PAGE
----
EGU 2019

Are you heading to the EGU 2019? If the answer is ‘yes’ we might have just the right session for you!

Next year, some members of the ATTO team are convening a session at next years EGU titled “Intact Amazon forest – a natural laboratory of global significance” (BG2.4/AS3.35/HS11.64/SSS10.12). This session aims at bringing together scientists who investigate the functioning of the Amazon and comparable intact forest landscapes across spatial and temporal scales by means of observational, modeling, and theoretical studies. Particularly welcome are also presentations of new, interdisciplinary approaches and techniques. We specifically invite contributions from a great variety of projects investigating the Amazon and its significance for the Earth System and hope many of you will submit abstracts to the session!

EGU 2019 is taking place from  April 7 to 12 in Vienna, Austria, as usual. Travel Grants are offered, for example for Early Career Scientists.

Hope to see you there to gain new insights, inspire new approaches and collaborations and share our passion for performing research in this unique ecosystem with global importance.

 

ATTO Newsletter #1

The first edition of our new ATTO Newsletter was just released.

Four times a year, the newsletter will keep you up-to-date on everything that happened in the past several months, such as new scientific articles that have been published, infrastructural updates and meeting that happened. In addition, we provide info on upcoming conferences with abstract submission deadlines or an overview of presentations of ATTO data. And it is also a platform to share some of the stunning photos from the Amazon around the ATTO site, especially to those who don’t follow our Instagram.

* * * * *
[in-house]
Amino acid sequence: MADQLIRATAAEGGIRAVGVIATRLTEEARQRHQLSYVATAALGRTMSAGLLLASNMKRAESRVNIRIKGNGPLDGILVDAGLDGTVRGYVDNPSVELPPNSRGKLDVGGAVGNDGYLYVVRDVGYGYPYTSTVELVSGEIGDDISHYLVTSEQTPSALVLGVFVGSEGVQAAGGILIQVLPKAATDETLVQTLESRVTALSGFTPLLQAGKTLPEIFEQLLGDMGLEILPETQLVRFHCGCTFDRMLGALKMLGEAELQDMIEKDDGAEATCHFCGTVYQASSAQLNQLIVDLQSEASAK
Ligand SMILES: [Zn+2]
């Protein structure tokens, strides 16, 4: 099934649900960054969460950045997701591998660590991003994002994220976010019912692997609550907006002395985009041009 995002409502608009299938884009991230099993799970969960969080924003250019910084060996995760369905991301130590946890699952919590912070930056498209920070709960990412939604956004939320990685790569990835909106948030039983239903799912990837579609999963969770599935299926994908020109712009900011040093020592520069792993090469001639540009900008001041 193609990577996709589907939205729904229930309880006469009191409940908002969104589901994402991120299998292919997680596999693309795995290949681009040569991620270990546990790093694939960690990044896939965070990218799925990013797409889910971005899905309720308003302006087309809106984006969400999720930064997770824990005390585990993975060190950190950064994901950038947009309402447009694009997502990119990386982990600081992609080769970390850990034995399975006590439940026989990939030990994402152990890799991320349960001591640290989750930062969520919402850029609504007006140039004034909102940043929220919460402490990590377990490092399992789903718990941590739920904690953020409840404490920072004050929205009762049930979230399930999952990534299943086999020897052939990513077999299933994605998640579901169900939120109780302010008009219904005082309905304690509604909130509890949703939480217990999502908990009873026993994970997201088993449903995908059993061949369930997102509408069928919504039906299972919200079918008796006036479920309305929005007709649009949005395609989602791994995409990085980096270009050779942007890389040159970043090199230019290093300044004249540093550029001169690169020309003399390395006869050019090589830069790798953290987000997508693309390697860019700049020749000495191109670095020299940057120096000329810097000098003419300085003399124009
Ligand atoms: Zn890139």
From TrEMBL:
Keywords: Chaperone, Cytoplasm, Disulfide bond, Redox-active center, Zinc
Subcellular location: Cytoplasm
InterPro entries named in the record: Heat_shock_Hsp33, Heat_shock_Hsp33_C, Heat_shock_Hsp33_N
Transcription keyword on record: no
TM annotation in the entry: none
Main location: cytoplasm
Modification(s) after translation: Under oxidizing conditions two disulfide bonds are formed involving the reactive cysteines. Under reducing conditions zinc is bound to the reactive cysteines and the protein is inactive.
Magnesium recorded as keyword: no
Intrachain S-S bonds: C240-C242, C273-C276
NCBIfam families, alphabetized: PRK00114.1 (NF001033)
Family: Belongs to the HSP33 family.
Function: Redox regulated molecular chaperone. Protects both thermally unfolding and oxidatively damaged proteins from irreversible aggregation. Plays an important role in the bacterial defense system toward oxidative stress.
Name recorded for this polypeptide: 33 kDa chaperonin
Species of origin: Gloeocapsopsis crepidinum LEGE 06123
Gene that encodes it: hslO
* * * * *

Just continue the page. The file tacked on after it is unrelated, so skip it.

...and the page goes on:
To receive the newsletter, please subscribe to our mailing list, subscribe to the RSS feed or follow us on social media. All newsletters will be archived here on the website as well.

Enjoy reading!

New Publication: Air turbulence characteristics in and above the Amazon rainforest canopy

One of our major goals at ATTO is understanding how the Amazon rainforest interacts with the atmosphere above. This includes studying how the characteristics of the air change within and above the tree canopy in terms of atmospheric turbulence. The strength of the wind and the thickness of the canopy determine, among other things, how well the air can mix and to what degree gases from the atmosphere may reach the forest floor and vice versa.

In a new study, the scientists were looking into these processes at two Amazon sites, including ATTO. They found that the lowermost air-layer from the forest floor to about half the tree height is largely decoupled from the air in the upper part of the canopy and above. That is an important finding, as this process may limit the extent to which plant-emitted gases are transported out of the forest canopy into the atmosphere above.
Raoni Aquino and co-authors now published their findings in a new study called “Air turbulence characteristics at multiple sites in and above the Amazon rainforest canopy” in the journal Agricultural and Forest Meteorology, Volume 260-261.